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Simple, simple question......

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Sorry I haven't posted anything lately. FIFA 2005 career mode, Topspin, and Half-Life have kept me plenty busy. Here's the question: how nice are the people in your ward? Do you like them? If you don't like them, why? If you do, why?

I rip on my ward all the live long day, but to be honest, they're all basically good people. The only two that I really don't like are the two that I'm making legitimate and semilegitimate efforts to fellowship, so I can't complain too much about the people there. I basically don't hang out with people because I don't much care for huge social groups and Mormons tend to put those together. Any reason that I wouldn't like a member likely applies at least double to myself.

I'll post something else tomorrow, but I'd be interested to hear what people think of their peers in Zion. Pris, how do Mormons stack up with nonmembers in similar social situations?

8 Responses to “Simple, simple question......”

  1. Blogger Arwyn 

    Hmm. Depends, really, on which ward. I don't relish attending either my homeward (which is out in the sticks) or the singles ward (which is full of single people).

    Overall, however, they're all rather nice. In fact, I'm sure they're wonderful people, and that I'd appreciate them if I took the time to really get to know them.

    But I have a hard time -- and this is a personal issue that I work on -- getting past feeling like I have a whole ward full of judging eyes following me whenever I walk into the building. Any building. And that, I think, is a purely Mormon phenomenon.

  2. Anonymous Susan M 

    I can't think of any ward I've ever been in that wasn't full of wonderful people. And I've lived in lots. I counted last time we moved, I think it was something like 14 wards.

  3. Blogger Rusty 

    Amazing people. I truly wish I could get to know each one of them better. D-Train, Arwyn, you should definitely make an effort to get to know them, I'm sure you will discover some incredible people. Boy, I sound just a tinge too chipper, but I guess that's just the way that I feel.

  4. Blogger Pris 

    I actually had a post in mind addressing the question you ask of me, D-Train, so I'll refrain from answering that for now.

    When I go to church or hang out with the Mormons, I usually get along fine--but it depends on how they view me. Generally, there are four ways:

    1) They know my stance and understand where I'm coming from. They may not like it, but they accept it. (Best people are here, imho.)
    2) They know my stance but don't accept it (and actively try to convert me). I don't hang out with these people.
    3) They think I am a true investigator. While partly true, mostly not. Usually, once I talk more with them, they move to (1) or (2).

    Fortunately for me (unlike everyone else, it seems) I have very little at stake if the other ward members like me or if I like them. Since I'm not tied to the Church, I can just stop going.

  5. Blogger D-Train 

    I'm familiar with the judging eyes. I do think that's largely Mormon-specific, although I size up my academic colleagues in a similar way.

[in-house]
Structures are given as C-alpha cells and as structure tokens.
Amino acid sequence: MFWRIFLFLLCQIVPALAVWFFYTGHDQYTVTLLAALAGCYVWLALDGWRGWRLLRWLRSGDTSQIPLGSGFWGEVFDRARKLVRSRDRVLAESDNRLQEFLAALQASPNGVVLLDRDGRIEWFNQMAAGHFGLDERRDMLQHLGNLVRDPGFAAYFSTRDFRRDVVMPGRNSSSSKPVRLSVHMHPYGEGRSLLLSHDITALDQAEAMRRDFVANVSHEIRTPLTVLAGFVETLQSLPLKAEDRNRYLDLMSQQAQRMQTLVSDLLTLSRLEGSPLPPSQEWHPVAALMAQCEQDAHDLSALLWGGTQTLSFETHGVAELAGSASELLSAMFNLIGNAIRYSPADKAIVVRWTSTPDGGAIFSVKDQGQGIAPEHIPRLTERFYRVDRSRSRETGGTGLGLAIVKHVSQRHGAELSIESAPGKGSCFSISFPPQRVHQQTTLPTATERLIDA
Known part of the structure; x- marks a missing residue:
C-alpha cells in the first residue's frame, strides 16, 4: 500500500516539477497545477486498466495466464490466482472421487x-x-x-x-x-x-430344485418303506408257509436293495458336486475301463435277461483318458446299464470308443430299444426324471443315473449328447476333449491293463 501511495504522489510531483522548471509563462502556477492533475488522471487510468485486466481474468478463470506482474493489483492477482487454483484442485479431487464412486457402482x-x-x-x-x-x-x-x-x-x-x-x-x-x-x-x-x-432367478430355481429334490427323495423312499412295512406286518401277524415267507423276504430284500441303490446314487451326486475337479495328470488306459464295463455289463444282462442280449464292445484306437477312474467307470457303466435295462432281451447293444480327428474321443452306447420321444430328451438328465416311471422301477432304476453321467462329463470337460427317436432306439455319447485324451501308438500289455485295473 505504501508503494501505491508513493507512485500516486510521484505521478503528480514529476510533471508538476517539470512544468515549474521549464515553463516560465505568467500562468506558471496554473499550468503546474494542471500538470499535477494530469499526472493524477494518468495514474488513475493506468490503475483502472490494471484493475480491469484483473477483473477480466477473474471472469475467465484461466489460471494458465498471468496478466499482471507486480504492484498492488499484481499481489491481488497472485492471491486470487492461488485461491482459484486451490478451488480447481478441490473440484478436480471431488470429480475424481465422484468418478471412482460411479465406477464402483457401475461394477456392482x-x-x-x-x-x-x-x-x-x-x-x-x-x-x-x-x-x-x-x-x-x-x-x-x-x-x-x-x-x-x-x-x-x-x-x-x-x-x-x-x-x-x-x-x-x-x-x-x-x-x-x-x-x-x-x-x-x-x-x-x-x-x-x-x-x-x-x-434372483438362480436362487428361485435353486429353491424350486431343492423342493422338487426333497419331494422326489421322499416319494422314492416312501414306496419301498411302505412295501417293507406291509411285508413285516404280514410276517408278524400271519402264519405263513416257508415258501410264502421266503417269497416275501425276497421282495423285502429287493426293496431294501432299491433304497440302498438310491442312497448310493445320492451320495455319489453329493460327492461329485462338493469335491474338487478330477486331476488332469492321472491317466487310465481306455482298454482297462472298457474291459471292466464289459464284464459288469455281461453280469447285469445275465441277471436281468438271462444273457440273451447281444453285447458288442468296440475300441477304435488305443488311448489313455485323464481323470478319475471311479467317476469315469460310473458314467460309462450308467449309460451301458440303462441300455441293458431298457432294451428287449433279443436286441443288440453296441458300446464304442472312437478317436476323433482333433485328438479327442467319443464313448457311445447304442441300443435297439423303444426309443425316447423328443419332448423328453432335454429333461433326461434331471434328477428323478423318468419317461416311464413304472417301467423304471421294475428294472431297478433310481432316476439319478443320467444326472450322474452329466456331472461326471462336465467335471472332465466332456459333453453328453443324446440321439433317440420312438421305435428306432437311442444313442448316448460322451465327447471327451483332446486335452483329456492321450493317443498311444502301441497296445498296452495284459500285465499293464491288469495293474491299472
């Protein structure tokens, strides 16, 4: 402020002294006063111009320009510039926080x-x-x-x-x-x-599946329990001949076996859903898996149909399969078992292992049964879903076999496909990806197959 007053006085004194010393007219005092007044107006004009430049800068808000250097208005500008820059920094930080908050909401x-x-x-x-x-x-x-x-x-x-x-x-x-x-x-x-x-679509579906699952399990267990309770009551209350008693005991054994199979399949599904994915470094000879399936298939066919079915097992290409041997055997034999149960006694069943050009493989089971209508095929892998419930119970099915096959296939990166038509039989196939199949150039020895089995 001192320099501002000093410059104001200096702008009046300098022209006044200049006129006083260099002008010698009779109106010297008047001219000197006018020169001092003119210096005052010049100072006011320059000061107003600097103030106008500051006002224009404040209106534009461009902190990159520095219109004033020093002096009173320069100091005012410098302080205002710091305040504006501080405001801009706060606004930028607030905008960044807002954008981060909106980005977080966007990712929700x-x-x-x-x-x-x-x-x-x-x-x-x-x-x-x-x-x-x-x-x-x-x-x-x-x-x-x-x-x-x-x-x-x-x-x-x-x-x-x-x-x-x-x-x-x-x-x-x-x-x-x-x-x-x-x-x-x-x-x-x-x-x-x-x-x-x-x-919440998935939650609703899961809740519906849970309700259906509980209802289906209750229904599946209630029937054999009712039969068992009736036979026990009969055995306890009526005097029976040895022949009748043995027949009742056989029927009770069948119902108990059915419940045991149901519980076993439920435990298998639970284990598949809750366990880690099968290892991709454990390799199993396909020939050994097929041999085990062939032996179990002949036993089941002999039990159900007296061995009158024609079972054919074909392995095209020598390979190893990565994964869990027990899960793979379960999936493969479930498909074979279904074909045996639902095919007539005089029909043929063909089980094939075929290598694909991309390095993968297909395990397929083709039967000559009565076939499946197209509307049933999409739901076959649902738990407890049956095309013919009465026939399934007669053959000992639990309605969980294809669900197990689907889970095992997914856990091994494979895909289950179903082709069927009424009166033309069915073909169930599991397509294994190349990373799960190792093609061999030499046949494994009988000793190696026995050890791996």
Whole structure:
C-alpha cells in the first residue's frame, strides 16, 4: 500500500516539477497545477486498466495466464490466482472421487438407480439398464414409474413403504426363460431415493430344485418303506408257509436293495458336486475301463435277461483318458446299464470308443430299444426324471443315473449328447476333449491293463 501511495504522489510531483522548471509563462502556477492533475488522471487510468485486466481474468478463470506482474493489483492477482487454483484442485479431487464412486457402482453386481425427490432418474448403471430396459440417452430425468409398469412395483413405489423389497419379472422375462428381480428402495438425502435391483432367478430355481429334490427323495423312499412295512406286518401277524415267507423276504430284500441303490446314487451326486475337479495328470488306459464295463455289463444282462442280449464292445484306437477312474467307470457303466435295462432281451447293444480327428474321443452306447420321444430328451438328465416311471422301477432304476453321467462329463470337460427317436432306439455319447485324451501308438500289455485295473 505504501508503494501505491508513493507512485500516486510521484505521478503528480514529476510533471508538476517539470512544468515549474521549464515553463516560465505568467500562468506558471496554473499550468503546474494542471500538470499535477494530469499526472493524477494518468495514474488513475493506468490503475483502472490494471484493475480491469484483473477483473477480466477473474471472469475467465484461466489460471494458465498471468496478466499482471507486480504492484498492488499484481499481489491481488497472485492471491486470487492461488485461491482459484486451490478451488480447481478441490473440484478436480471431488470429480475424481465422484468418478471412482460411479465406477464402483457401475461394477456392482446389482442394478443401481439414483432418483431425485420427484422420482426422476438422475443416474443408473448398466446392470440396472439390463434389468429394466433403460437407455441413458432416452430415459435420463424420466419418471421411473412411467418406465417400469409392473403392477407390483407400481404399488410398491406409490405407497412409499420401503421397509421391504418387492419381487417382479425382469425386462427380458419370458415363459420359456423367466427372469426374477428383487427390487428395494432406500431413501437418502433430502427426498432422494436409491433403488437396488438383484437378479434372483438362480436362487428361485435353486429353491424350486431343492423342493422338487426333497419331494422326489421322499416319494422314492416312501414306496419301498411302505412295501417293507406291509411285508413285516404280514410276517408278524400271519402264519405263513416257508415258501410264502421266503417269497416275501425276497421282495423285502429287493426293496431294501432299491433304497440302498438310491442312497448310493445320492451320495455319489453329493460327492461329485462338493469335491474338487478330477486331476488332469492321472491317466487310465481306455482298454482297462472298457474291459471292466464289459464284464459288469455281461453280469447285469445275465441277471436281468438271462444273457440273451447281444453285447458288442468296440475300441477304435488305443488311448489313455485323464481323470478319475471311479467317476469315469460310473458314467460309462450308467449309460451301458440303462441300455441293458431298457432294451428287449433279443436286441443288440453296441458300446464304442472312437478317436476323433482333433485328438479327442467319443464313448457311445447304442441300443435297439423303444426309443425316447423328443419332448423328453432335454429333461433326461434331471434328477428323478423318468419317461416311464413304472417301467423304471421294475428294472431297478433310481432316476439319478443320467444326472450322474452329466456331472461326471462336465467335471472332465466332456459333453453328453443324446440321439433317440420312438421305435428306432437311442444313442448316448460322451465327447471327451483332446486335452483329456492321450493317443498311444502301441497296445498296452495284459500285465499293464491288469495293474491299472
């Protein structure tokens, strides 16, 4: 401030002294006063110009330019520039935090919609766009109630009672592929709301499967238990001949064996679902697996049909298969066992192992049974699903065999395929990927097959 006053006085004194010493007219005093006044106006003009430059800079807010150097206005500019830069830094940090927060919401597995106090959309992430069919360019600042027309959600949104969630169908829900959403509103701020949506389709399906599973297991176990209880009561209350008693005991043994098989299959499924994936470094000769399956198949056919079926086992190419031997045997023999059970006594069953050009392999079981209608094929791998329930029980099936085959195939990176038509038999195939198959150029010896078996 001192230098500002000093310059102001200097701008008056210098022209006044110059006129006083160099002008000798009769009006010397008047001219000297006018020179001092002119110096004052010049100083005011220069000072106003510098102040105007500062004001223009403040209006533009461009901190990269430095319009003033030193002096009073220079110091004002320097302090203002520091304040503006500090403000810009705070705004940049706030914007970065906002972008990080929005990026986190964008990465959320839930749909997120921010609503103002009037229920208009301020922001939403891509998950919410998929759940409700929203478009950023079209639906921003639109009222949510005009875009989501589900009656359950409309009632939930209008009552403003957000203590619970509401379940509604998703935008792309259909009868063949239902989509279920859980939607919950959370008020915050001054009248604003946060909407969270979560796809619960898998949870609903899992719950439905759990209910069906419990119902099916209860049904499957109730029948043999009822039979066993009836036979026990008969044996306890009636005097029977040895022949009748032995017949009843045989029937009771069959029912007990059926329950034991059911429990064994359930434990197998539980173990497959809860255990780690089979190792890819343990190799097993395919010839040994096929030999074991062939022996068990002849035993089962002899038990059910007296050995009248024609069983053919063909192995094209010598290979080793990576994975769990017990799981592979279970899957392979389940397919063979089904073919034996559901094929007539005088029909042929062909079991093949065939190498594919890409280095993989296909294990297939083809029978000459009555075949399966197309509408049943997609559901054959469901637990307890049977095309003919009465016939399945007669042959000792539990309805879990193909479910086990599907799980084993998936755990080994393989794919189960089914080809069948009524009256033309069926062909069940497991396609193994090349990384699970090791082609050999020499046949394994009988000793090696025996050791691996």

Perhaps the biggest difference that makes the judging seem a little more overt is that "worthiness" has more concrete implications for members than for other Christians or folks of other faiths. There are things that you get to do or not do because you are worthy/unworthy. (By the by, I know that other faiths do have these things as well, but it's a lot more visible in Mormon culture.) It's hard to not notice who is and is not there at the ward temple trips. And boy howdy, if you had a date on temple night and prefer to wear a blue shirt to church on Sunday, the eyes will be following.

    I actually think that Mormons are probably only slightly more judgmental than most people and not any more judgmental than people with a strong moral orientation, but the visibility factor compounds what is there.

  6. Blogger Arwyn 


    I think you're right on the worthiness point. I know a lot of people of other religions who are judgemental as well (shucks, aren't we all, to some extent or another?) -- but I think it weighs more heavily on me at church because worthiness and conformity -- er, obedience -- are such big issues for us.


    Chipper, indeed! I've been in wards where I've known some wonderful people. I just moved home two weeks ago, and haven't had a chance to get to know anyone in the singles ward or my home ward (my family moved while I was at college), and I'm sure they'll be great when I get a chance to know them.

    Still, in that time when I feel like the outsider -- the visitor -- there's a hint of trepidaton and concern (justified or not) over whether the people will be wonderful, or whether I'll be outcast. Maybe it's silly, but I've not always made friends easily at church, and it's a very real feeling for me.

  7. Blogger annegb 

    Good and nice are two different things, not mutually exclusive, but sometimes so.

    The people in my ward are basically nice and basically good. We do, however, have more than our share of weird, of which I probably would be considered one.

  8. Blogger Pris 

    annegb: If I was in your ward, I'd probably attend church more than I do. All things being equal, I'd rather be good than nice.

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